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Pause game - coronavirus and contracts

18 March 2020

Please note: the information contained in this legal update is correct as of the original date of publication

The true impact of coronavirus on the games industry is yet to be seen, but there is no doubt that it is currently impacting the industry. Last week, the ESA announced the cancellation of E3, one of the world’s biggest and most anticipated industry events for both industry professionals and fans, due to concerns over the spread of coronavirus. Other key events including the Game Developers Conference as well as numerous esports tournaments have also been postponed for the same reason. These cancellations are a blow to those in the industry who rely on these big events to reveal new hardware, meet with potential investors, secure critical deals and for devs in particular who are super excited to showcase their new projects.

The impact of the virus is going beyond just the cancellation of key industry events. With the virus shutting down most of China’s production, there is a very strong likelihood of prolonged supply and demand disruption and possibly game delays. Nintendo’s CEO has already confirmed that the virus has caused direct disruption to the production and onward supply of the Nintendo Switch Console, Joy-Cons and accessories such as Ring Fit Adventure in Japan and we suspect that this may also affect other markets. Many dev studios are encouraging workers to work from home to help minimise the spread of the virus, which may well impact on the development timetables and milestones under publishing agreements.

But what happens legally if you are unable to carry out your obligations under an agreement due to the impact of coronavirus? Let’s take a look.

The “Force Majeure” – Pause game

Generally speaking, if you are a party to a contract and you fail to do what you say you will do in that contract, then you may be liable for a breach of contract and you will more than likely have to pay damages to the other party. However, there is a “get out of jail for free card” only if your contract includes an express clause, called a “Force Majeure” clause (which can sometimes be found in the “general” bit of the contract).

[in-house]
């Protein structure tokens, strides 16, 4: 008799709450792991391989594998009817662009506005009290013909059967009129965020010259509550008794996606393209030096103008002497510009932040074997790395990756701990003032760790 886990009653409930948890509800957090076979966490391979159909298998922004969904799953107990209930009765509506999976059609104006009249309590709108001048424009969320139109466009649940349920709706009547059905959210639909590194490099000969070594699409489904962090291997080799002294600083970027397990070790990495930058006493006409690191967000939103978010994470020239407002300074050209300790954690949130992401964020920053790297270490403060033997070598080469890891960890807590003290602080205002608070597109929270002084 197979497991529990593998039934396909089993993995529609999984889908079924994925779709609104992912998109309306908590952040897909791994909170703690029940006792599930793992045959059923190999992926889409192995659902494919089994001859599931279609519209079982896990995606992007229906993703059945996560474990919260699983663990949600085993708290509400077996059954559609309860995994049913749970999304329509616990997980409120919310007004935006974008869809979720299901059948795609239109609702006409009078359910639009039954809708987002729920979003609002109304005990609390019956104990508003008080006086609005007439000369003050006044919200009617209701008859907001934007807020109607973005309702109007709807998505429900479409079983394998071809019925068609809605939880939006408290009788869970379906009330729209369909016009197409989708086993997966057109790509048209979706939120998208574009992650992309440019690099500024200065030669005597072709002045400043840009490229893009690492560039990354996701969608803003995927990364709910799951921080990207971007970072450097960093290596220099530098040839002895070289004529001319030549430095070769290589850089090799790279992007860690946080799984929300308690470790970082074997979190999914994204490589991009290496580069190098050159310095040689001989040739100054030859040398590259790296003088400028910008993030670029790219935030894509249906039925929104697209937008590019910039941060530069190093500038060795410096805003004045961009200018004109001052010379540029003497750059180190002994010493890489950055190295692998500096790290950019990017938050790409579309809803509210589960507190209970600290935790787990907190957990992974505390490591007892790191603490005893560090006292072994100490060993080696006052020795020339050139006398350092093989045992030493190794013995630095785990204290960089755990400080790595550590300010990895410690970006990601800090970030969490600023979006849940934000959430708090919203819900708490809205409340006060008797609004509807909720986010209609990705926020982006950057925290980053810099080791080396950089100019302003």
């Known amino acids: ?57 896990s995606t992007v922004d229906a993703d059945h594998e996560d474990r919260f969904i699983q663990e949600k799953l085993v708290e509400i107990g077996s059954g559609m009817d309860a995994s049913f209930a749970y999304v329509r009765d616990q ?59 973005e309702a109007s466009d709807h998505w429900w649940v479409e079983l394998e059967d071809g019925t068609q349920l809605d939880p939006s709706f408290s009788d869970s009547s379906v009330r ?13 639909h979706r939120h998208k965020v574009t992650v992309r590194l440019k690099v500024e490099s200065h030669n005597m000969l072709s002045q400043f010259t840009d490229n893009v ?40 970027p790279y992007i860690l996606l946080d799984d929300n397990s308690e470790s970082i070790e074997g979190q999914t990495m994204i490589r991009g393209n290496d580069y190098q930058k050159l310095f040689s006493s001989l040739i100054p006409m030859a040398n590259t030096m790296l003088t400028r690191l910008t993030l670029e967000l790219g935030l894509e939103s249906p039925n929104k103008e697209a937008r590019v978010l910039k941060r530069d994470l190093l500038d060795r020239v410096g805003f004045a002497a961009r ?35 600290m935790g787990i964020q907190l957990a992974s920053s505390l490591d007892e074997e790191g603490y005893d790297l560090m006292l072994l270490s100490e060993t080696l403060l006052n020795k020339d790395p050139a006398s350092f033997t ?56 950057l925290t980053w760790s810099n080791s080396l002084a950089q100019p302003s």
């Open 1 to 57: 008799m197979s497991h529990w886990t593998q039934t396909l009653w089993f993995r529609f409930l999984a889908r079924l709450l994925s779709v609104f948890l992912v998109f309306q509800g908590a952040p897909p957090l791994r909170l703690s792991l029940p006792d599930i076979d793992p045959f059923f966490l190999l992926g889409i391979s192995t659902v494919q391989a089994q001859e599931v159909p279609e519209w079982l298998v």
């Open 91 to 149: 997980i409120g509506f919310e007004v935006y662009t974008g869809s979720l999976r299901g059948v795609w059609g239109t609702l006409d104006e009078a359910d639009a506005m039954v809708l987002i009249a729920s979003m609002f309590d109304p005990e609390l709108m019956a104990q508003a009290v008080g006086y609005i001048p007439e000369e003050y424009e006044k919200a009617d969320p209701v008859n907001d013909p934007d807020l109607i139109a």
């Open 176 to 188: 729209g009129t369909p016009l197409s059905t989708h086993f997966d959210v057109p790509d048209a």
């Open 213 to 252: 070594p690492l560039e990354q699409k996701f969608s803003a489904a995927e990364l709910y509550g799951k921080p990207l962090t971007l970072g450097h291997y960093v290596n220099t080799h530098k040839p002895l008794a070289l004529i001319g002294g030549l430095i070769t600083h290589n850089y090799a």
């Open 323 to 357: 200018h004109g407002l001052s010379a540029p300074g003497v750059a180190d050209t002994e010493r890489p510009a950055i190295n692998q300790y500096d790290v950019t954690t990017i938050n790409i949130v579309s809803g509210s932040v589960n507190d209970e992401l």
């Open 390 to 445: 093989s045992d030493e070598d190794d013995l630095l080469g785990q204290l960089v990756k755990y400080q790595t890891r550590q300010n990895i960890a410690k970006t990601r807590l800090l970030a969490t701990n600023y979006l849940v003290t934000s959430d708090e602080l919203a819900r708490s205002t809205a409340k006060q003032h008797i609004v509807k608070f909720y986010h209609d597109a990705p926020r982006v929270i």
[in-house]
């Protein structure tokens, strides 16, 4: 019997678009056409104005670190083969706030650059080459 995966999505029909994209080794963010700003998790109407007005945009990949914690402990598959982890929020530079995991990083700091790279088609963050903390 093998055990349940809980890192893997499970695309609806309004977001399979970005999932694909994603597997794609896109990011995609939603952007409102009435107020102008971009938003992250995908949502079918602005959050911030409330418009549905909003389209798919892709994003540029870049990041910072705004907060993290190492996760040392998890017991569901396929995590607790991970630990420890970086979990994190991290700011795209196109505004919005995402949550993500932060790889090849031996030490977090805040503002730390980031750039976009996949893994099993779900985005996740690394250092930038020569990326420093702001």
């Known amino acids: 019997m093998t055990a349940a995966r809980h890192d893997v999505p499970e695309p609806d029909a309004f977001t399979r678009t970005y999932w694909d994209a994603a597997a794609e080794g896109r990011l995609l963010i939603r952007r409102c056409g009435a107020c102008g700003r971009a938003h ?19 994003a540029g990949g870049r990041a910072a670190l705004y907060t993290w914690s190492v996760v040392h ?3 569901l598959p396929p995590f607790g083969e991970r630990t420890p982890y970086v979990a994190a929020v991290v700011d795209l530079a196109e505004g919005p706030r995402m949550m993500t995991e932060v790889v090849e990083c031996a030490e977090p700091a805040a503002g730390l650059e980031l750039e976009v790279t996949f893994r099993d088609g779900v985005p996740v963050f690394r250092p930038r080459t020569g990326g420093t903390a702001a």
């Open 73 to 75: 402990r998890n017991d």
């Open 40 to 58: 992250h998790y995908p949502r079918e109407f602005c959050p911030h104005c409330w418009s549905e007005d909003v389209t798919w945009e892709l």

Put simply, force majeure clauses generally provide that, upon the occurrence of a specified act, event or circumstance which is outside of a party’s reasonable control, the party who can’t perform all of, or part of its obligations under that contract because of that event will not be punished for failing to perform those obligations for as long as the force majeure event continues. Essentially, those obligations are suspended until after the event has ended. The contract is paused.

Sometimes these clauses will allow both or one of the parties to decide whether to continue with the contract if the delay or the prevention of performance lasts for a set amount of time. Sometimes, the clause may even let you add on time to account for the delay. Some clauses may go as far to state that if the event causes a delay for a set amount of time, or a party is unable to perform for certain amount of time, the whole contract can be terminated. But this really depends on how the clause is drafted.

We all know that not all contracts are the same, so the effects of a force majeure event on a party’s obligations really depends on how exactly the clause is drafted in that specific contract. If you want to rely on force majeure to pause your obligations under a contract, you will need to consider the following:

  • To rely on force majeure, an event or circumstance must trigger it and you will need to check the contract for the list of acts, events or circumstances that will trigger it. Some contracts will include a long list of trigger events which may include pandemics or government actions. As coronavirus is now officially classed as a “pandemic” by the World Health Organisation, if pandemic is listed as a trigger event, it is likely that the clause is triggered. In contrast, some clauses simply include a “catch all” definition such as “acts of God”. You will then need to consider whether coronavirus is an act of God. You may be in luck if the contract is relatively new. If the person drafting the clause is savvy, the clause may specifically refer to coronavirus as a trigger event. As a separate point, look carefully to see if the clause is triggered by an event which completely prevents performance (which means that you are physically or legally impossible to perform your obligations) or if the clause is triggered by an event which delays performance (meaning you can still perform your obligations, but there is just a delay in you doing so). These are two different things.